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Amid the pandemic, a landmark program keeps students plugged in

Boxes in the back of a car

Photo courtesy of Glenn Cruz

By Abby Cohn

When the COVID-19 pandemic forced Berkeley to pivot to remote learning last year, an exceptional campus program extended a digital lifeline to thousands of financially needy students.

The Student Technology Equity Program (STEP) has kept 4,700 undergraduate and graduate students educationally connected by loaning out laptops, Wi-Fi hot spots, webcams, and other essential tools.

Funded by $4.6 million in campus funds and another $500,000 from the student-approved Student Technology Fee, STEP was launched in July 2020. Last year, it loaned over 10,000 pieces of technology equipment, including 2,265 laptops, 2,564 hot spots, and 1,450 pairs of noise-canceling headphones, to students facing significant challenges stemming from the pandemic and other financial hardships.

STEP coordinators scrambled to fill those orders. Along with shipping devices directly from warehouses to students, “we packed and shipped tons of boxes ourselves,” says Jennifer Bombasaro McNulty, the analyst for the campus’s Student Technology Fund, which has been at the heart of the STEP operation. “We were just trying to turn out hardware for students as fast as we could.”

Bombasaro McNulty wasn’t surprised by the heavy demand for the loans, which are available for up to four years or until graduation.

“When you know the extent of housing and food insecurity that some of our students have, knowing that they don’t have a brand-new $1,200 laptop is not really a surprise,” she says. “We had students writing papers on their phones because they didn’t have laptops.”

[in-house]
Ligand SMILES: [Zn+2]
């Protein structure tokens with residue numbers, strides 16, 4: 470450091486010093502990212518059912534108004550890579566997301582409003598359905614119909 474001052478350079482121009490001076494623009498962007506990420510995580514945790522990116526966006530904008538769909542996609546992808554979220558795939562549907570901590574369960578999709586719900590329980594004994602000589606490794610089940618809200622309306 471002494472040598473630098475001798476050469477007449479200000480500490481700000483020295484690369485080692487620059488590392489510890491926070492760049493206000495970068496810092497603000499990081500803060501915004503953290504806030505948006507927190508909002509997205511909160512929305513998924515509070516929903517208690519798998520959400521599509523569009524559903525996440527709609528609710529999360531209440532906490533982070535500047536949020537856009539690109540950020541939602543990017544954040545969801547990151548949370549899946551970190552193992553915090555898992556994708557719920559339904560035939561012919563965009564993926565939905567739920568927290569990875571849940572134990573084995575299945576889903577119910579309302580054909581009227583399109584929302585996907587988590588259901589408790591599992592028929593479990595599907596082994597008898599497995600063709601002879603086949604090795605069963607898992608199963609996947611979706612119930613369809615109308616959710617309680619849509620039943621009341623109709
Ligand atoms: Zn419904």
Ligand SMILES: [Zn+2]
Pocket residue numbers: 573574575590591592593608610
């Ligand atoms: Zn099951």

Bombasaro McNulty hailed STEP as a reflection of “the true ethos of the university and its public mission.”

This year, the program is operating with support from the Cal Parents Fund, a discretionary fund administered by the Chancellor’s office. This critical, flexible funding from Cal parent donors enables the campus to respond to immediate needs and emerging opportunities that impact the student experience.

One of STEP’s beneficiaries was first-generation college student Julisa Gaytan ’23, a double-major in public health and sociology. At the start of her freshman year, Gaytan relied on Moffitt Library’s laptop lending program until she received a laptop as a Christmas gift from her family. When COVID hit and Gaytan moved back home to Fresno, she found that the hot spot on her phone didn’t work. She was forced to drive to her brother’s house whenever she needed a Wi-Fi connection.

“It was just very frustrating to continue with classes,” she says. “It made going to school difficult on top of all of the other strains the pandemic caused.”

STEP provided Gaytan with a Wi-Fi plan that continued through the end of August. Now back on campus, Gaytan is supporting STEP as a student employee and recently joined the Student Technology Council, which advises campus IT leadership on technology matters.

The pandemic, Gaytan says, exacerbated the vulnerabilities faced by many Berkeley students and highlighted the digital divide that exists on college campuses. “STEP has been a good program to help remedy and alleviate those issues in order to make progress towards equity,” she says.

Berkeley’s effort captured the attention of other universities internationally, and many contacted STEP for information. “The need to provide a more level playing field for students in terms of technology is going to persist,” says Bombasaro McNulty.

STEP is continuing this year, albeit in a scaled-back form. Though the program has discontinued Wi-Fi service plans, it continues to loan laptops, headsets, webcams, and other devices.

Gifts to the Cal Parents Fund support impactful programs like STEP that enhance the experience of Berkeley students and make a lasting difference in their educational paths.

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